The senate of IIT Kanpur and the faculty associations in Delhi, Mumbai and Kharagpur have met over the past two weeks and decided that the IIT-JEE should continue in its present form in 2013.

They are ready to accept the combined national entrance test from 2014 (Kharagpur wants it a few years later), but insist that it should be followed by the IIT-JEE in a two-tier exam system.

This IIT-JEE should be an advanced subjective-type exam rather than an objective-type one as it is now. Through it, the premier tech schools will select their students from among those who qualify in the proposed combined test.

As for the 40 per cent weightage to board marks, the IIT faculties have said that board scores should only be used to set an eligibility cut-off for the JEE: admission should be based solely on the students’ scores in the entrance test.

A member of IIT Delhi’s faculty forum, whose executive body met this week, explained how the two-tier exam system would work.

“Since the IITs together have nearly 11,000 seats, the top 55,000 qualifiers in the combined national entrance test will be allowed to appear in the IIT-JEE,” he said.

“To ensure that the students do not neglect their board exam, their board performance will be an eligibility criterion for appearance in the IIT-JEE.”

The IIT Kanpur senate, made up by the institute’s professors, and the IIT Bombay faculty association have taken the same decisions. The general body of IIT Kharagpur’s faculty association met last Thursday and decided the IIT-JEE should continue in its current form for the next few years.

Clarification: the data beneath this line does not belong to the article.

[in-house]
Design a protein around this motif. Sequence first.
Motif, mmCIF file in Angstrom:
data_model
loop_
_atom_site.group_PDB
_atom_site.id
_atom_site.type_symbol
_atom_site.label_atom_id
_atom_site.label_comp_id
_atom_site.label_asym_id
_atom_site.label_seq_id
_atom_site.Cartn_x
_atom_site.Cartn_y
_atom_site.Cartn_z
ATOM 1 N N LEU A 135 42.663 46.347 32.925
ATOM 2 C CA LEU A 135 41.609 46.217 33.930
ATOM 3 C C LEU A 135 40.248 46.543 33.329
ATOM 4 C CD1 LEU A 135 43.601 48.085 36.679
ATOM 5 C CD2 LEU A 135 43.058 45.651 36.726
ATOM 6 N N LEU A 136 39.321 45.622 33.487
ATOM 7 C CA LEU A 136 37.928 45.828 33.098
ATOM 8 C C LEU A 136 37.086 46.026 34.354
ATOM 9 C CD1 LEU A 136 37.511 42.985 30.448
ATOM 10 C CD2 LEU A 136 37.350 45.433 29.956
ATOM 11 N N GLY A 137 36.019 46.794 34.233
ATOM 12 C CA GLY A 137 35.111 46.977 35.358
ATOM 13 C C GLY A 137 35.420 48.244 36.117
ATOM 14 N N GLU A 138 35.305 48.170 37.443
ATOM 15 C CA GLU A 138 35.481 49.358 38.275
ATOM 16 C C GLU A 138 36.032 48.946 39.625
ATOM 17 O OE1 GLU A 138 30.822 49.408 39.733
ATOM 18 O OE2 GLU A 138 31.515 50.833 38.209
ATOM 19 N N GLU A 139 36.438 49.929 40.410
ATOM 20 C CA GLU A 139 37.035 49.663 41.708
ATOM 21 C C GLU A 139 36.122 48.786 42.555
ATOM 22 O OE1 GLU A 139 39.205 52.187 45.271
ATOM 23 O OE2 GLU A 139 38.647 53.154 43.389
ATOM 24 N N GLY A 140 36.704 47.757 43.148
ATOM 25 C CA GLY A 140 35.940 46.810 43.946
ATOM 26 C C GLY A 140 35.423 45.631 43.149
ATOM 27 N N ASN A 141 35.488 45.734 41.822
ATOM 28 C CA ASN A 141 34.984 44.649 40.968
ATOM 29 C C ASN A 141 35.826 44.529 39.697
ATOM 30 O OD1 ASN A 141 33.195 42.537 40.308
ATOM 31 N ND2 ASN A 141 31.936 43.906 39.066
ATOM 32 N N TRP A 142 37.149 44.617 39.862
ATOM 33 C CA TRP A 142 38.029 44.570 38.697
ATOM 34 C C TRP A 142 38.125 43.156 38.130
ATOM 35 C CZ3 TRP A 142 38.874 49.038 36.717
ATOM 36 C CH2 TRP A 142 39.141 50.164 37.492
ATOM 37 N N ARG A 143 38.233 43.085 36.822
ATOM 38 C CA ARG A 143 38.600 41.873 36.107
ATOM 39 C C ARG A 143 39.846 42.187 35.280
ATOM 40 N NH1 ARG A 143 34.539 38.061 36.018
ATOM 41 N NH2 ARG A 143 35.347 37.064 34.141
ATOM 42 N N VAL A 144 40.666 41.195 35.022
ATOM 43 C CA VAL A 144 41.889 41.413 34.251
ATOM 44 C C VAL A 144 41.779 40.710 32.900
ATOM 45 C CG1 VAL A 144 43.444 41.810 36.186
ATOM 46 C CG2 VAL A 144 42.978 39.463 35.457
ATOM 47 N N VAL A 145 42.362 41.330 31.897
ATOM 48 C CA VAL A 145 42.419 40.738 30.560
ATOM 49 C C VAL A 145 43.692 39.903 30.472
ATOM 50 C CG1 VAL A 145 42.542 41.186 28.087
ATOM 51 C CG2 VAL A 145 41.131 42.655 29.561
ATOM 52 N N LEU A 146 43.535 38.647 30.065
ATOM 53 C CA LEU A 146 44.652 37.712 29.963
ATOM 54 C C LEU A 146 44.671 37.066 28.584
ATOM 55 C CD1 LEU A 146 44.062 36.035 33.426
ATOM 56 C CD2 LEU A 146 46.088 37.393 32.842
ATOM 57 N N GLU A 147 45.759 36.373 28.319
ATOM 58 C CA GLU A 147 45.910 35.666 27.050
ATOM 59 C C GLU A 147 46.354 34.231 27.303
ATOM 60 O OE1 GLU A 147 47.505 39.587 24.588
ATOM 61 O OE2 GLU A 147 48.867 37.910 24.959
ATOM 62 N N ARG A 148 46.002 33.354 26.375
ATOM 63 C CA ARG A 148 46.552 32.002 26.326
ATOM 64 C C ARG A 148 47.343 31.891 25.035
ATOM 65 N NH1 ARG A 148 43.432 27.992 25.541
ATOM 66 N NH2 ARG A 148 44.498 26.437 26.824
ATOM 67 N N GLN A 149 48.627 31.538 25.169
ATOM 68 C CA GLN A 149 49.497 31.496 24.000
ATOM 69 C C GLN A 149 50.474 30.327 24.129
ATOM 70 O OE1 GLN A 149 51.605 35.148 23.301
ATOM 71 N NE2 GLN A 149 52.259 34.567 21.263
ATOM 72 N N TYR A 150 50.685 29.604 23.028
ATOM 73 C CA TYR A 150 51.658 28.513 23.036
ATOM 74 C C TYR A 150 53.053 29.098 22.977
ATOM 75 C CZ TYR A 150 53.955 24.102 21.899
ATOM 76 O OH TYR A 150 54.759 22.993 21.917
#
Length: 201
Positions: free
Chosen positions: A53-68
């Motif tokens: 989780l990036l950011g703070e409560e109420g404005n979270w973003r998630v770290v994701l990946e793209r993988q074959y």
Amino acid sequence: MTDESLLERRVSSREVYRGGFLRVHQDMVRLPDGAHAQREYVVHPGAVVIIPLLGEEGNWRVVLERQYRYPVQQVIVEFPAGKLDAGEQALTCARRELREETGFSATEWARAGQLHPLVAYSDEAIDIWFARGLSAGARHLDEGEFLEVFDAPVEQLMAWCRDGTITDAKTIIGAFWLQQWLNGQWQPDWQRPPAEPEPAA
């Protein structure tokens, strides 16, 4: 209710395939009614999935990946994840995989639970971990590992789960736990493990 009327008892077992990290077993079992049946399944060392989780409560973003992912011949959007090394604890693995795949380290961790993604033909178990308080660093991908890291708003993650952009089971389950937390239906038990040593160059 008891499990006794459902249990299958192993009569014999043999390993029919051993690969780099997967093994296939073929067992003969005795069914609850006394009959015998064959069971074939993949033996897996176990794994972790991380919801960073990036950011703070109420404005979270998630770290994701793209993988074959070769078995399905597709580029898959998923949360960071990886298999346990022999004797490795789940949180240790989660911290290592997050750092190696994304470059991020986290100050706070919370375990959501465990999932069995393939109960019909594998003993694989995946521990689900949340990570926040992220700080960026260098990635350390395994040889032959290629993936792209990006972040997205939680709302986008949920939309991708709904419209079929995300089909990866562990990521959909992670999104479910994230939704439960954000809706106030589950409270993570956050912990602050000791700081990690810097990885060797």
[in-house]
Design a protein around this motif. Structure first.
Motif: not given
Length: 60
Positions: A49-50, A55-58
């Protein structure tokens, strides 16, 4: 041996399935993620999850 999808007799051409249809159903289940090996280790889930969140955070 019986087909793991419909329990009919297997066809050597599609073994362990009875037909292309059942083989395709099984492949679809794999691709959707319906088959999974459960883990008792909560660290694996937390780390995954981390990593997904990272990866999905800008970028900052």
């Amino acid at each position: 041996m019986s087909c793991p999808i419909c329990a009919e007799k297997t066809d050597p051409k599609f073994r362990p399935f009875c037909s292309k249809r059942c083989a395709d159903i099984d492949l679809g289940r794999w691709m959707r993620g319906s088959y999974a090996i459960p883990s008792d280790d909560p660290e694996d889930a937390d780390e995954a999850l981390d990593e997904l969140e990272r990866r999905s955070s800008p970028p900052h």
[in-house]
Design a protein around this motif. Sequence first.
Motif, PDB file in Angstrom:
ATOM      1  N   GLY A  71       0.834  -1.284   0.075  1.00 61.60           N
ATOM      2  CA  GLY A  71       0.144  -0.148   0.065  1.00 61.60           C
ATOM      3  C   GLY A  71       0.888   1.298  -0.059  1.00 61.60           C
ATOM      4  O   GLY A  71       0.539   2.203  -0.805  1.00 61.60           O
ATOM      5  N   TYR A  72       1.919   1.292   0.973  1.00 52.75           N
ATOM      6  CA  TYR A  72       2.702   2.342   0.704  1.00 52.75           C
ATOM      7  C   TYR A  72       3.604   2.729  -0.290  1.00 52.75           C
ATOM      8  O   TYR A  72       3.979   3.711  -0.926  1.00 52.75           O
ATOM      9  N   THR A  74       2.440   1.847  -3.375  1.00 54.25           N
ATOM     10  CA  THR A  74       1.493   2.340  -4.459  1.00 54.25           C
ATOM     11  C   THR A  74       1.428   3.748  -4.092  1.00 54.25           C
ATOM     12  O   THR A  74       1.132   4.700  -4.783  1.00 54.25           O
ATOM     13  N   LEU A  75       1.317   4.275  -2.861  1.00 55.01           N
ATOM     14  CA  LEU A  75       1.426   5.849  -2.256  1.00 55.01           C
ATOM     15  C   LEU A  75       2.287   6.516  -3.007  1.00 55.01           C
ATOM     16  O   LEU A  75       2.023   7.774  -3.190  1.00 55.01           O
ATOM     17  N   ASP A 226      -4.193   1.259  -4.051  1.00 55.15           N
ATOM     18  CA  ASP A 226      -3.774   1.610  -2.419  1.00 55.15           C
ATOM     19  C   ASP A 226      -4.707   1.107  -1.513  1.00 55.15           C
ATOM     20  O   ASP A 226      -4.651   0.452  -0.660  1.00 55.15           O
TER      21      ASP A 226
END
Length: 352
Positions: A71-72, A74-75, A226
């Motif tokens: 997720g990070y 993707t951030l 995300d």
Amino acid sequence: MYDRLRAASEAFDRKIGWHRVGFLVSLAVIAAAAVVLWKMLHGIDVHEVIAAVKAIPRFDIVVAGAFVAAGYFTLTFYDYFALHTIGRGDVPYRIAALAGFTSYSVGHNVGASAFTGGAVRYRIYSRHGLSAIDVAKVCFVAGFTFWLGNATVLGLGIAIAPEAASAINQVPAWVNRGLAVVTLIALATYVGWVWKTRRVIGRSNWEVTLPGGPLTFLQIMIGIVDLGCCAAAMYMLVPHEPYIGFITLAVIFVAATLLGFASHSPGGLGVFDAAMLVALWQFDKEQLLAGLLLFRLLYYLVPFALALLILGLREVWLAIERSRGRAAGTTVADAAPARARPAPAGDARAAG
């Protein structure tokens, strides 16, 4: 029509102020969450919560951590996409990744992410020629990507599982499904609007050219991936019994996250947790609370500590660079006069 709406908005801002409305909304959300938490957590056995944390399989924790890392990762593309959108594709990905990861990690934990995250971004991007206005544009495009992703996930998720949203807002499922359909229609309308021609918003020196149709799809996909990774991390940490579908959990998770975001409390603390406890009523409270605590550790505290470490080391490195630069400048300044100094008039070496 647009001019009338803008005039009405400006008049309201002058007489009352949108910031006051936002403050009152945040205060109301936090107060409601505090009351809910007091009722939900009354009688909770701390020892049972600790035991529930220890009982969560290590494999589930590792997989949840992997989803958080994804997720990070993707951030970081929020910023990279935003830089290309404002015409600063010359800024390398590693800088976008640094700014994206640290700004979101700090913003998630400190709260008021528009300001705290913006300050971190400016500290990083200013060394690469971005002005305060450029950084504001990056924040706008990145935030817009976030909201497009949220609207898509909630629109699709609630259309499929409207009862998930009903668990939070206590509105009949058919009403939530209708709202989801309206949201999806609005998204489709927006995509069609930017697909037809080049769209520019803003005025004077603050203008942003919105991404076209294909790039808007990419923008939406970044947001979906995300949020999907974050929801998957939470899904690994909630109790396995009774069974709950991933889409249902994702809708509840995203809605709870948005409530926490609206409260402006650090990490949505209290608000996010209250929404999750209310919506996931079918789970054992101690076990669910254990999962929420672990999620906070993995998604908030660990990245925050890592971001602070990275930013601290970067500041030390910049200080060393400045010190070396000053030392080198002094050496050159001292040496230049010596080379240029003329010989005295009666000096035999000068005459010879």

“Our faculty association is not in favour of taking students through the proposed national (combined) test for at least two or three years. We want the IITs to examine the effectiveness of the proposed national test and later take a decision. 

Till that time, the IIT-JEE should continue,” a faculty association member said.
The HRD ministry had set up two committees — one headed by IIT Kharagpur director Damodar Acharya and another by science and technology secretary T. Ramasami — to suggest reforms of the IIT-JEE. Both committees suggested the introduction of 40 per cent weightage to Class XII board marks apart from holding a test in mathematics, physics and chemistry.

The ministry then proposed a single national-level test from 2013, replacing the IIT-JEE and the All India Engineering Entrance Examination (AIEEE), for admission to about 100 centrally-funded tech schools, including the IITs, National Institutes of Technology (NITs) and the Indian Institutes of Information Technology (IIITs). Scores in that exam were to carry 60 per cent weightage.

IIT faculties, however, differed and met HRD minister Kapil Sibal earlier this month. Sibal then said the proposal for the combined national test had to be debated at the senates of all the IITs.

The ministry will next month hold a meeting of the IIT Council, the institutes’ apex decision-making body, where the views of all the senates will be considered. The final decision will be taken by the Central Advisory Board of Education, the apex advisory body on education.